Apple faces $19.8b Irish tax bill after EU ruling

A file picture dated Jan 27, 2015 of the company's logo at an Apple Store in Washington, DC, US.
A file picture dated Jan 27, 2015 of the company's logo at an Apple Store in Washington, DC, US.PHOTO: EPA

DUBLIN • European Union antitrust regulators ordered Apple yesterday to pay up to €13 billion (S$19.8 billion) in taxes plus interest to the Irish government after ruling that a special scheme to route profits through Ireland was illegal state aid.

The massive sum, 40 times bigger than the previous known demand by the European Commission to a company in such a case, could be reduced, the EU executive said in a statement, if other countries sought more tax themselves from the United States tech giant.

The ruling was immediately slammed by Ireland and Apple - both announcing plans to appeal and taking aim at Brussels for what they described as regulatory overreach that could scare away international companies and stifle economic growth.

Apple paid tax rates on European profits from sales of its iPhone and other devices and services of between just 0.005 per cent in 2014 and 1 per cent in 2003, the commission said.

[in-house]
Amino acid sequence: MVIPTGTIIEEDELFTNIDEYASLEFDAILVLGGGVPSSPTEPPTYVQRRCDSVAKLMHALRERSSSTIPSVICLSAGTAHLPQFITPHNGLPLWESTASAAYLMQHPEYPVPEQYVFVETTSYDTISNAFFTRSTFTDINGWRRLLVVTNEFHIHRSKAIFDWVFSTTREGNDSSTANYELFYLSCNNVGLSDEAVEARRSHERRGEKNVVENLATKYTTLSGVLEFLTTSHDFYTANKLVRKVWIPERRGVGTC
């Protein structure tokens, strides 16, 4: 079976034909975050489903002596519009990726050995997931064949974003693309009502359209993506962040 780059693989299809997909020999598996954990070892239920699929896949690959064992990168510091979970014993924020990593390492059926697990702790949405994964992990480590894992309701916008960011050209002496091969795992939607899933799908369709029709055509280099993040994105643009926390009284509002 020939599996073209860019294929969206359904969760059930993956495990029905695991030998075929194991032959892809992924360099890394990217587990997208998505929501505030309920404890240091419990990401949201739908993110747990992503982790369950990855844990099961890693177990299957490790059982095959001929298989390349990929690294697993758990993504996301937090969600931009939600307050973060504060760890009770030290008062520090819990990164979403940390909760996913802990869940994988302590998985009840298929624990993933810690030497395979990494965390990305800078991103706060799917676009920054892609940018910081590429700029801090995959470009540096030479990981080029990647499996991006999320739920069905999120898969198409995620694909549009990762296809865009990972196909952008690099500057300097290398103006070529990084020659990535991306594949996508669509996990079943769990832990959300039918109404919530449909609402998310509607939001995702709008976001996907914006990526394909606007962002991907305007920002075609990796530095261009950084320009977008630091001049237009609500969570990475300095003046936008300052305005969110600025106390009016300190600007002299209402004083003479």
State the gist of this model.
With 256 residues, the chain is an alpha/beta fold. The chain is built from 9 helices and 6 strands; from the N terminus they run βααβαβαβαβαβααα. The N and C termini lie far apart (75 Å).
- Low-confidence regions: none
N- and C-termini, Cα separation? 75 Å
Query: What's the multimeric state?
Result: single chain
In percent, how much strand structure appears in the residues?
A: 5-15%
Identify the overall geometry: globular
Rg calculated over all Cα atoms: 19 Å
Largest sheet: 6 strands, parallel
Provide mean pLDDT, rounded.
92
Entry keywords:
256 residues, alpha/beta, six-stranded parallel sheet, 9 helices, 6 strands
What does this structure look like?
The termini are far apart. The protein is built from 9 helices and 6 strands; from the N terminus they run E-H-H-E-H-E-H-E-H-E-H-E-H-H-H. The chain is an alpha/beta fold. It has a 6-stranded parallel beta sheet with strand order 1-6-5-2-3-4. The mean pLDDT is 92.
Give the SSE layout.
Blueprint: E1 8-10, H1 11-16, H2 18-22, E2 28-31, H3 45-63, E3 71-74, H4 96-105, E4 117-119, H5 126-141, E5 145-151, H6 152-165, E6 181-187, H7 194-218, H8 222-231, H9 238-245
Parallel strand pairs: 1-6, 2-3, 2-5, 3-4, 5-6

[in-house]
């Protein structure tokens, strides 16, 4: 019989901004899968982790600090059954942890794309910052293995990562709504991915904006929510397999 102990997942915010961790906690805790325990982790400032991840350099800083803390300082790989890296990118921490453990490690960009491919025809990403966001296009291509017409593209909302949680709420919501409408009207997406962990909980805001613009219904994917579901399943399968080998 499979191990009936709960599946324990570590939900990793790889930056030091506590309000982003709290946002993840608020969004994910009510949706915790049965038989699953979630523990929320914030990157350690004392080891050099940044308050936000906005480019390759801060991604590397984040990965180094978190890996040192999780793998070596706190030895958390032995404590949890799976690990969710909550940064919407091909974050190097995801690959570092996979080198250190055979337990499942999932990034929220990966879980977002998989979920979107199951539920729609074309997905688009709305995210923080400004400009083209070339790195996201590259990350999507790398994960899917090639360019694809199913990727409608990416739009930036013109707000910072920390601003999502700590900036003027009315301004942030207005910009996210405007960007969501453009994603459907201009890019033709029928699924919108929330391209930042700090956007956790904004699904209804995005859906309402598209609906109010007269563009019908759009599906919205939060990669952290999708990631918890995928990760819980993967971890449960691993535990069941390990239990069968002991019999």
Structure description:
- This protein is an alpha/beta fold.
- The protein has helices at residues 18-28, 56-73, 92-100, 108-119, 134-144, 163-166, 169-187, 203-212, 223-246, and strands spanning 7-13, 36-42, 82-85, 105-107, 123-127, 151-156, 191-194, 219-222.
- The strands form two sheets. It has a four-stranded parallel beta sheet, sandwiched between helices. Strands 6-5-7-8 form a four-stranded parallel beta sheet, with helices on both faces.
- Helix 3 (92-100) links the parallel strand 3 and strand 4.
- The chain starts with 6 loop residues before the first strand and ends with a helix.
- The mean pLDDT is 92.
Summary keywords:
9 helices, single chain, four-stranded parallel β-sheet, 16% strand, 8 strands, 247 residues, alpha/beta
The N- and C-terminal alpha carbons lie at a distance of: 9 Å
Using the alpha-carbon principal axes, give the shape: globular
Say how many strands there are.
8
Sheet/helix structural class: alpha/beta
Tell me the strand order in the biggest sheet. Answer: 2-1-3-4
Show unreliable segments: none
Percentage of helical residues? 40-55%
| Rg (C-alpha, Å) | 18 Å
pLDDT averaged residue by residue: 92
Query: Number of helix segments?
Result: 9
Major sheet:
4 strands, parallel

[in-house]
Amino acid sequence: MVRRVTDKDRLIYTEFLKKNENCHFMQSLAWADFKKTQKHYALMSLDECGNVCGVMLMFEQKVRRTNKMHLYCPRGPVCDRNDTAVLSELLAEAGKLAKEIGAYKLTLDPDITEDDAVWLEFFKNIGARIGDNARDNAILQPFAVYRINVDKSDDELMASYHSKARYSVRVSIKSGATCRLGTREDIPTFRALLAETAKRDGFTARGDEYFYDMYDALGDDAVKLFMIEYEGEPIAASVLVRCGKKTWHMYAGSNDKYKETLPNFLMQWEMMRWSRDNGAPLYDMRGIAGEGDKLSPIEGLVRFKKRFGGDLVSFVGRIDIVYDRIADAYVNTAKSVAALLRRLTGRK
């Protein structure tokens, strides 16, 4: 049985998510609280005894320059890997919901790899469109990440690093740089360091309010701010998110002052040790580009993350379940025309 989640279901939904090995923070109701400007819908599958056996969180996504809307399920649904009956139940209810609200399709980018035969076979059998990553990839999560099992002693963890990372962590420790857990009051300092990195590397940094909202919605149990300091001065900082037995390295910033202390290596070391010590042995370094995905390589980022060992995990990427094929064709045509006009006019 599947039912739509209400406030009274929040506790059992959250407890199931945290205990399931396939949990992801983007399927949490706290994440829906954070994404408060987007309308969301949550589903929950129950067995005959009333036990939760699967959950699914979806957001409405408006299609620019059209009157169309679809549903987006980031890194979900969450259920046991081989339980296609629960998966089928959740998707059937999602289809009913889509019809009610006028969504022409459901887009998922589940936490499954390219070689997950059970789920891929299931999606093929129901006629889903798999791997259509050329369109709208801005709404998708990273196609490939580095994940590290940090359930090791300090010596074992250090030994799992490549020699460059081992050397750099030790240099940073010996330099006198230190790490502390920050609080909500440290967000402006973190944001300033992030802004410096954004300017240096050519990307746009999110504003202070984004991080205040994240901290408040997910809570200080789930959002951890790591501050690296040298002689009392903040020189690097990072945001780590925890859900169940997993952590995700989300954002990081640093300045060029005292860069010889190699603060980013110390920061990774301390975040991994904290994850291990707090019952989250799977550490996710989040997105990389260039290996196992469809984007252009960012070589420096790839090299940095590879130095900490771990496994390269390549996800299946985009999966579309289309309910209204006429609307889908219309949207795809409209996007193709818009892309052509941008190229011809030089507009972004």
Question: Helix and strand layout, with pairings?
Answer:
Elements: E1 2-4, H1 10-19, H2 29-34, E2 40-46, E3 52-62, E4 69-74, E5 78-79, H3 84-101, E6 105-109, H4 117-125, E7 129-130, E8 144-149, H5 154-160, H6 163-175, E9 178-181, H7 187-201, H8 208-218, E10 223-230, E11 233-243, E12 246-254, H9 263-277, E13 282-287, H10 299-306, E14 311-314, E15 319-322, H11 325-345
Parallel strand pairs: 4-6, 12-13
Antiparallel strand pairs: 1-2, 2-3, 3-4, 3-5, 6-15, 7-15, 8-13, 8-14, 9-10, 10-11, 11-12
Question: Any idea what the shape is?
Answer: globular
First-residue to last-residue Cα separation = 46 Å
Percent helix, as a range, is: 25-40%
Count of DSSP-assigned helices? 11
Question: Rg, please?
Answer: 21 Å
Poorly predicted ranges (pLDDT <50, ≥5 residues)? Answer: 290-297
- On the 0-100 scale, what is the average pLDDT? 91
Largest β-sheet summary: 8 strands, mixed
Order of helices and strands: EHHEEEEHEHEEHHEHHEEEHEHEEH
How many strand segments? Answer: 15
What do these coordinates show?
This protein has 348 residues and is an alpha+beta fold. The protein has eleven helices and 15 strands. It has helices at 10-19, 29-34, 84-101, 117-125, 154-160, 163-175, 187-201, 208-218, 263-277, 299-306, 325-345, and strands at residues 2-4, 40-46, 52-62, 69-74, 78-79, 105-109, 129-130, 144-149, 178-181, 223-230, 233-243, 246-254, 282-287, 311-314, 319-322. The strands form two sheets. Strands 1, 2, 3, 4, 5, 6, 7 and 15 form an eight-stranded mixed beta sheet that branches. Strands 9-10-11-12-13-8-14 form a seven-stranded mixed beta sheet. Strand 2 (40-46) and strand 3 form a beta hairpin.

"Ireland granted illegal tax benefits to Apple, which enabled it to pay substantially less tax than other businesses over many years," said Competition Commissioner Margrethe Vestager, whose crackdown on mainly US multinational companies has angered Washington.

The US Treasury Department slammed the ruling, saying the decision threatened the bilateral "spirit of economic partnership".

The European Commission in 2014 accused Ireland of dodging international tax rules by letting Apple shelter profits worth tens of billions of dollars from tax collectors in return for maintaining jobs.

Apple and Ireland have rejected the accusation.

"The decision leaves me with no choice but to seek Cabinet approval to appeal. This is necessary to defend the integrity of our tax system; to provide tax certainty to business; and to challenge the encroachment of EU state aid rules into the sovereign member state competence of taxation," said Irish Finance Minister Michael Noonan yesterday.

"It's bizarre and it's an exercise in politics by the Competition Commission."



A version of this article appeared in the print edition of The Straits Times on August 31, 2016, with the headline 'Apple faces $19.8b Irish tax bill after EU ruling'. Print Edition | Subscribe